Energy Insights & Savings

Embracing Independence: A Wyoming Homesteader’s Guide to Generating Your Own Electricity

Wyoming – Living off the grid is becoming a new lifestyle choice with people seeking it for a variety of reasons, ranging from reducing monthly electricity bills to becoming more independent and resilient against blackouts and brownouts. Wyoming resident Jill Winger hosts a podcast all about living the prairie life and how she got started generating her own electricity for her home. 

“If you generate your own electricity, it doesn’t have to mean that you are cutting yourself off from the rest of the world. It is simply allowing you some independence and freedom from modern systems. You will be gaining control of how your electricity is produced and where you would like to apply it,” said Winger in her blog The Prairie Homestead.  

In her blog, Winger lists three ways you can generate your own electricity for everyday home life and how to go about doing it: solar, wind, and micro-hydropower. Solar power transforms sunlight into energy for heating or electricity. Wind power involves using a wind turbine to produce electricity. Wind turbines are considered one of the more straightforward methods for generating electricity on your own. Finally, a micro-hydro system generates electricity by harnessing the energy from flowing water, such as a stream. The movement of water drives a turbine linked to a generator, which then produces electricity.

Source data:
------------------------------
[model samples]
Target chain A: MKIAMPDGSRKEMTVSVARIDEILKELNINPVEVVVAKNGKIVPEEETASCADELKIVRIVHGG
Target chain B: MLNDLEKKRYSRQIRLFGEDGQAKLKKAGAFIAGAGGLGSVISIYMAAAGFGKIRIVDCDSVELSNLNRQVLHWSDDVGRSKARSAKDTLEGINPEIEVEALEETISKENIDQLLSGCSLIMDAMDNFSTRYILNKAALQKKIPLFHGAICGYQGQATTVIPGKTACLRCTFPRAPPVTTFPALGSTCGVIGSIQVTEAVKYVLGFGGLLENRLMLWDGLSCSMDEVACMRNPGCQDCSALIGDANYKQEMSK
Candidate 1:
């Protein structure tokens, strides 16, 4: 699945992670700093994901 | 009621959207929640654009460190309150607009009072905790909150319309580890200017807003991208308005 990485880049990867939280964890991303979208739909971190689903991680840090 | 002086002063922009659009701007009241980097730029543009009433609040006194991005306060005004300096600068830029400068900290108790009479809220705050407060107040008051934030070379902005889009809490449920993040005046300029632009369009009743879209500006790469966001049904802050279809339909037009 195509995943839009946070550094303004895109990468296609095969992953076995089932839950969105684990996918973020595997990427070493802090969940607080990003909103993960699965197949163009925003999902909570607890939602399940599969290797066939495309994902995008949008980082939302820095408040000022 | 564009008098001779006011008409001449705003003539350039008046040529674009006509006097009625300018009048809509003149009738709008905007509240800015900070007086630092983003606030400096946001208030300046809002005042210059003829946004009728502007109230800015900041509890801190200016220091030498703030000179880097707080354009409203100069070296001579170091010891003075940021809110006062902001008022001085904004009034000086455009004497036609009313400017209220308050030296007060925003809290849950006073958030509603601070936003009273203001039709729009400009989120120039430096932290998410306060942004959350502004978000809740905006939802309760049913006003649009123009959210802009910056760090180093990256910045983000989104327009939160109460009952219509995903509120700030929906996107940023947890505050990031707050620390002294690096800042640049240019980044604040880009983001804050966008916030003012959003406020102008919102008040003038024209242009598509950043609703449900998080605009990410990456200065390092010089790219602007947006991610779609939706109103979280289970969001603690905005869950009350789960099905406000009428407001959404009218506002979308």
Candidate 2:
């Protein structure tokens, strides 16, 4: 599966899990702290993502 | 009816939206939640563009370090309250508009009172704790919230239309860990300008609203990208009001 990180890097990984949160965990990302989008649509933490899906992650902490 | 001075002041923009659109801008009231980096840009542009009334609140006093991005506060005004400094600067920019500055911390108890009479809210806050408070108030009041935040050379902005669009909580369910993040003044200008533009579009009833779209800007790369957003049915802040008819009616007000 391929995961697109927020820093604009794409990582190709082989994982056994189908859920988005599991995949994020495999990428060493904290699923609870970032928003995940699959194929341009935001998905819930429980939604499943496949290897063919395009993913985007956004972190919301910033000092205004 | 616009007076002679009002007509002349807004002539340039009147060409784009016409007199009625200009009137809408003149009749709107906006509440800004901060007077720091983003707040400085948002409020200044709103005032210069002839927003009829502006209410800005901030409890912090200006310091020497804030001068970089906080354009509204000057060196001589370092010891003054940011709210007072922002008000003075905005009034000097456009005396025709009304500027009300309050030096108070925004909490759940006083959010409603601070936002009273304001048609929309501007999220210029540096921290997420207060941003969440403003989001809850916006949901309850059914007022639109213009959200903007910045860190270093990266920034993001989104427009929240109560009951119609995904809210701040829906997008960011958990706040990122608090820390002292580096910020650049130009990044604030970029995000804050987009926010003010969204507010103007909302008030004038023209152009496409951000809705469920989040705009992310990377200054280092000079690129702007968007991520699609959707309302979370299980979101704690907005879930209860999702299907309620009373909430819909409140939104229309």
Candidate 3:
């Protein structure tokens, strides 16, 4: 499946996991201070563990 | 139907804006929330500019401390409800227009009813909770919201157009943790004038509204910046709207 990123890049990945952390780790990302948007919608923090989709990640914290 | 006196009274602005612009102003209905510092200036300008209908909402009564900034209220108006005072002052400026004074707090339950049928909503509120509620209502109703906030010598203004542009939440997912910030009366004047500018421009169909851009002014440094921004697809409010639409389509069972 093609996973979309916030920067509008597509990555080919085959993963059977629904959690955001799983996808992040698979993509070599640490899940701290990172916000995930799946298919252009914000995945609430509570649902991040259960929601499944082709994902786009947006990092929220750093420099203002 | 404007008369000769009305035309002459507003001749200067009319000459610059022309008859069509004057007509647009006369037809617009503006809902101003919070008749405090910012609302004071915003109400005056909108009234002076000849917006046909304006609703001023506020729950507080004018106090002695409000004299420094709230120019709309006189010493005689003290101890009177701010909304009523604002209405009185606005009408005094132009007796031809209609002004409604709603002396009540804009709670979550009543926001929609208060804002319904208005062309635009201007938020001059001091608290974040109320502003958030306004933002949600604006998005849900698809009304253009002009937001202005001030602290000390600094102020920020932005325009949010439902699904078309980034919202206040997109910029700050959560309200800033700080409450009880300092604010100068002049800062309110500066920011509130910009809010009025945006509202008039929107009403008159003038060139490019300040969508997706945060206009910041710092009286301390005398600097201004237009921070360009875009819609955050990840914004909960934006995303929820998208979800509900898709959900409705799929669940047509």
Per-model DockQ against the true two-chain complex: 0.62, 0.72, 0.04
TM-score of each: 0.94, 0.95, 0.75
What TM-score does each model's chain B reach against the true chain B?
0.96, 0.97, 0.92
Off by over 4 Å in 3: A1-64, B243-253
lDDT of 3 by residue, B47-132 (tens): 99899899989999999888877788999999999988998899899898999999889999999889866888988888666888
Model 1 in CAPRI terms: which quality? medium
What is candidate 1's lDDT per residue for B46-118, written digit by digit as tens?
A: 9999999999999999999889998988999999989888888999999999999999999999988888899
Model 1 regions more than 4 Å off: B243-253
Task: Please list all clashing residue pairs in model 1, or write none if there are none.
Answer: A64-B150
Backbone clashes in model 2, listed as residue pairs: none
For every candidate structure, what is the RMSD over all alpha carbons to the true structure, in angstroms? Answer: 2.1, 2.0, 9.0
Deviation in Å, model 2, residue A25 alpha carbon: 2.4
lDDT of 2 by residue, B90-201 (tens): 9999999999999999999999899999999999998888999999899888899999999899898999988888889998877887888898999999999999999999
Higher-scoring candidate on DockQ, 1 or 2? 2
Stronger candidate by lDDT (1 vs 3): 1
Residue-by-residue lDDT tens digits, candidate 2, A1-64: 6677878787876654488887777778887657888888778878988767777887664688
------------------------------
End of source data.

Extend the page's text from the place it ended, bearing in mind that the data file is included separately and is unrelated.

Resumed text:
It’s important to note that alternative electricity sources depend on natural forces like the sun, wind, and water. These elements are beyond our control and may not always be available. To ensure a consistent energy supply, keeping a backup generator is one good idea. Maintaining your capacity to tap into the grid when you need it is another. Also, when deciding which method will work for your home, consider the natural elements around you to best determine which is best for you. If your area generates more sun go for solar power, or if you live in a windy area consider wind power and vice versa. 

Winger also mentions consulting your local community for guidance. Fellow homesteaders and farmers in your area may offer insights on the most effective practices locally, and recommend where to source supplies or hire local services for setting up off-grid electricity.

Also keep in mind: the upfront cost of generating your own electricity. If you’ve thoroughly researched and selected a suitable method, transitioning your home to off-the-grid electricity can be a worthwhile investment. One way to potentially offset some of the costs is with government programs or grants that vary by your location. According to Winger’s blog, “After the initial cost is taken care of, and everything has been done right, generating your own electricity should pay for itself.” Whatever your reasons are, becoming energy independent is a significant investment, but one with clear and tangible long-term benefits.